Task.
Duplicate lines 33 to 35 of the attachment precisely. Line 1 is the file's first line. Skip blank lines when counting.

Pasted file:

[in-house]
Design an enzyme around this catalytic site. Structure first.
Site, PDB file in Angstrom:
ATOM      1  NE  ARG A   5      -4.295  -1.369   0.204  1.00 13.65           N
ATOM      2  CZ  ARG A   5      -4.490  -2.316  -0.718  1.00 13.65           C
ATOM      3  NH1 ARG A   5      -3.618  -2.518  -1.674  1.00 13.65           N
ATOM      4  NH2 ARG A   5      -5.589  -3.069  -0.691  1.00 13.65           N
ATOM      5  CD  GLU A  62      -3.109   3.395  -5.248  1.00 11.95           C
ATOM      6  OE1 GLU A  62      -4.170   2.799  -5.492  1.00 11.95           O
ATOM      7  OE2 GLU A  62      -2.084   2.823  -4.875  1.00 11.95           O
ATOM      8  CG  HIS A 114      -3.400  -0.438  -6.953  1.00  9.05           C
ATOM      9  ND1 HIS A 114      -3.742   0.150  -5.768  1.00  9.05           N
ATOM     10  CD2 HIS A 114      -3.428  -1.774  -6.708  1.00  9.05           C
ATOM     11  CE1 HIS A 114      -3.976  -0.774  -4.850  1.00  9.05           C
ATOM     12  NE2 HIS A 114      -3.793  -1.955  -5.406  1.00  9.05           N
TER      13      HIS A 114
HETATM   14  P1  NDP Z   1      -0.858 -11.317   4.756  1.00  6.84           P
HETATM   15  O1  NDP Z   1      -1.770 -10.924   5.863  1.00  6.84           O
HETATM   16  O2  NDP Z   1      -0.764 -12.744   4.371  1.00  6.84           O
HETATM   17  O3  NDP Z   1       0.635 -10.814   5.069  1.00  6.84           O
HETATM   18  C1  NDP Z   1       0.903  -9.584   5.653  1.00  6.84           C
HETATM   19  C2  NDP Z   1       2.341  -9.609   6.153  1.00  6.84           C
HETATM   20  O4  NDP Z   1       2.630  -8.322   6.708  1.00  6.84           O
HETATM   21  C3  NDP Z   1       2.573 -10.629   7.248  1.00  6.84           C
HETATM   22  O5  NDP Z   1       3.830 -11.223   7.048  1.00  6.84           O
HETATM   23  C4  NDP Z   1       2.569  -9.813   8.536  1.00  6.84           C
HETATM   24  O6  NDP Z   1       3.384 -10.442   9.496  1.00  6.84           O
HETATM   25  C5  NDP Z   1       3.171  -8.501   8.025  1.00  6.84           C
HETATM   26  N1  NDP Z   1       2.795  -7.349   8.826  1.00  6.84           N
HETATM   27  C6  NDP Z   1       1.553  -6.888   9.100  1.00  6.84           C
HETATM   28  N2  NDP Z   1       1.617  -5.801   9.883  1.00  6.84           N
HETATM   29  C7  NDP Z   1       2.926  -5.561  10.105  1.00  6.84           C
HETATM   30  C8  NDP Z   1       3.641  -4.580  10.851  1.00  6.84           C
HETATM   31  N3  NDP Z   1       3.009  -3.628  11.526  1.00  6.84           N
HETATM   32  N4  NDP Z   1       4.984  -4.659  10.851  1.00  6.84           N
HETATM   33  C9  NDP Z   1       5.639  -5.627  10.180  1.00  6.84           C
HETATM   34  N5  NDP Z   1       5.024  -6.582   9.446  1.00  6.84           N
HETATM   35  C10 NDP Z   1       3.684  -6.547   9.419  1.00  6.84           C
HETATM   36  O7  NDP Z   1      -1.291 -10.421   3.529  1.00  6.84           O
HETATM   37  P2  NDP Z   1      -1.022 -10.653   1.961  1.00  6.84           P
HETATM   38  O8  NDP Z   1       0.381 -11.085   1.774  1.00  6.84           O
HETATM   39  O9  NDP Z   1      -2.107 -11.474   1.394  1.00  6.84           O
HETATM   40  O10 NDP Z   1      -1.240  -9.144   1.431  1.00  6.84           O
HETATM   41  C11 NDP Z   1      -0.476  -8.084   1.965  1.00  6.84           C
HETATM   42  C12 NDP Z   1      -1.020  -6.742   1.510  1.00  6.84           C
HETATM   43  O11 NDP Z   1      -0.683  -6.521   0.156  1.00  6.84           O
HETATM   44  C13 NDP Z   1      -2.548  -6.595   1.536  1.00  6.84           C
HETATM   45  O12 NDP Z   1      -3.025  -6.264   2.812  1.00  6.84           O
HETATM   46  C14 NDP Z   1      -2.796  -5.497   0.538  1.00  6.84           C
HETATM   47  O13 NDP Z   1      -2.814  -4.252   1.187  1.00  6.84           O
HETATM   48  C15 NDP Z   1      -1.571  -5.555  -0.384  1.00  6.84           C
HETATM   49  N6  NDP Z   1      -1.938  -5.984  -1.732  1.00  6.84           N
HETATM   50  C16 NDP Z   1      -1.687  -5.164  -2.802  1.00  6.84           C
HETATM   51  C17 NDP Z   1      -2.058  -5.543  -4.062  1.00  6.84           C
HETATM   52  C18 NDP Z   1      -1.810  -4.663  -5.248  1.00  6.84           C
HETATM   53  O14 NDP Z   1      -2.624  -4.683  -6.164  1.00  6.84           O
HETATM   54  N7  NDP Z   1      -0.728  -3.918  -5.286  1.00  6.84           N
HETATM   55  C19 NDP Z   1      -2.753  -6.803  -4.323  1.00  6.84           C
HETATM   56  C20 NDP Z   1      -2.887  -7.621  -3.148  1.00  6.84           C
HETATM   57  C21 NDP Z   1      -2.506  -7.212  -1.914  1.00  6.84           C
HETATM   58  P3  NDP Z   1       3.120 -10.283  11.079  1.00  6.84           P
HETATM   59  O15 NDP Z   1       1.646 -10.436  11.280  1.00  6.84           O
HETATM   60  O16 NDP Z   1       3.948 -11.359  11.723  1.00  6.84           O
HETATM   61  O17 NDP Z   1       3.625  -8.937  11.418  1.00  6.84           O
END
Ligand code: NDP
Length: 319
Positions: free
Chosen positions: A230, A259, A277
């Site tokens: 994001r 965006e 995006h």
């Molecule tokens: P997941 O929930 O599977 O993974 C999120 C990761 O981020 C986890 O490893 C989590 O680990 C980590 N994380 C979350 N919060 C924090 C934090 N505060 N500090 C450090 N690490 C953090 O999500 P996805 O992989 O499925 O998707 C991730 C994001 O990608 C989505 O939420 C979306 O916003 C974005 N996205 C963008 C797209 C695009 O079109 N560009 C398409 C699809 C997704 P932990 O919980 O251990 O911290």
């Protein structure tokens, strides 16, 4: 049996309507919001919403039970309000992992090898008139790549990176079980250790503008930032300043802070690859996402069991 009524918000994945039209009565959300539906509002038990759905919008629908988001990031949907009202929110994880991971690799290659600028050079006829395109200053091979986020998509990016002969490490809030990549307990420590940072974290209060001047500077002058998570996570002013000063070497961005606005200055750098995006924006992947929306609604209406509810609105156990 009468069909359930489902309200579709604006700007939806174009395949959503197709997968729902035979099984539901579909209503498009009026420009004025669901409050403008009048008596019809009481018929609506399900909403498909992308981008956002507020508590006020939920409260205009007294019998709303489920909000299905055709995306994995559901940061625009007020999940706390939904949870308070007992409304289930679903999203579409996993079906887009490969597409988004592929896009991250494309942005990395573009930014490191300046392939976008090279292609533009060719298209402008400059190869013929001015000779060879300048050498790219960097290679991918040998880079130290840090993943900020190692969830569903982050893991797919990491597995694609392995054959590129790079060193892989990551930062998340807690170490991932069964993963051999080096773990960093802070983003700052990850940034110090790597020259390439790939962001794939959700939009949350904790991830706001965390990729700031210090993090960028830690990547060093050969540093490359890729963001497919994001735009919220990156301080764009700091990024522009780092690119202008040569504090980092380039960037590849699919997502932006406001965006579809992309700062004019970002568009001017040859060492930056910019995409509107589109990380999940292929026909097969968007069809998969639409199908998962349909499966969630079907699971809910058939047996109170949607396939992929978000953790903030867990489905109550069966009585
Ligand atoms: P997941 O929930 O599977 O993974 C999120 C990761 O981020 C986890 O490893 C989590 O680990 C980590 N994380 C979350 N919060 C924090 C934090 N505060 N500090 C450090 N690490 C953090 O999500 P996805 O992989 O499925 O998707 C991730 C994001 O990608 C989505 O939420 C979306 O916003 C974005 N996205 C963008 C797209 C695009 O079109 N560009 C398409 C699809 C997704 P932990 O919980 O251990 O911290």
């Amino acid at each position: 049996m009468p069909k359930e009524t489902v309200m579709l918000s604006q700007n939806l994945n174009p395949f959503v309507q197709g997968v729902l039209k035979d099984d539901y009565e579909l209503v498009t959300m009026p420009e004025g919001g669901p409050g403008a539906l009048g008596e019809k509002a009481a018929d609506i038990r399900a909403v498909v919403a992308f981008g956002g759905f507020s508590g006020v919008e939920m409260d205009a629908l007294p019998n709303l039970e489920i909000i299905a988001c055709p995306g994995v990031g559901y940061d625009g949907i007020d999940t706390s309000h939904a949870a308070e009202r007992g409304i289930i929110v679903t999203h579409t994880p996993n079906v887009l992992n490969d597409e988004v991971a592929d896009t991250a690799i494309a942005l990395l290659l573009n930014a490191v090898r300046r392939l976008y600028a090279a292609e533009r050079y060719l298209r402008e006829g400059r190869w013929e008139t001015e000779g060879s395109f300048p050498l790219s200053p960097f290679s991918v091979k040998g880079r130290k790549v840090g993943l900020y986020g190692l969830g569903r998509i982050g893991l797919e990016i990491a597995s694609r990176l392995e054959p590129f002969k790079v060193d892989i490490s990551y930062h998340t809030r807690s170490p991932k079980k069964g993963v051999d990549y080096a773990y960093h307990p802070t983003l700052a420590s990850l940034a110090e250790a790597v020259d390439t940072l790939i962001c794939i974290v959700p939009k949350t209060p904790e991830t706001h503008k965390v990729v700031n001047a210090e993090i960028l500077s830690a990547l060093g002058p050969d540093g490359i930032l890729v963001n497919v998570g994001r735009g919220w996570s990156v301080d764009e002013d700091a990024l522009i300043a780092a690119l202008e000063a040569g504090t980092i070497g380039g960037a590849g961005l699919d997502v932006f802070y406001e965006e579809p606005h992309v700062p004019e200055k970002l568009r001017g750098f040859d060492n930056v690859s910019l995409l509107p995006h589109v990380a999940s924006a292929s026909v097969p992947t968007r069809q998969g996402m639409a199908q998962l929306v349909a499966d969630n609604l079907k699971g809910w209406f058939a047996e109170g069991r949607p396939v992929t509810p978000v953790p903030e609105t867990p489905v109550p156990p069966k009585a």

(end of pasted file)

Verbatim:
HETATM   30  C8  NDP Z   1       3.641  -4.580  10.851  1.00  6.84           C
HETATM   31  N3  NDP Z   1       3.009  -3.628  11.526  1.00  6.84           N
HETATM   32  N4  NDP Z   1       4.984  -4.659  10.851  1.00  6.84           N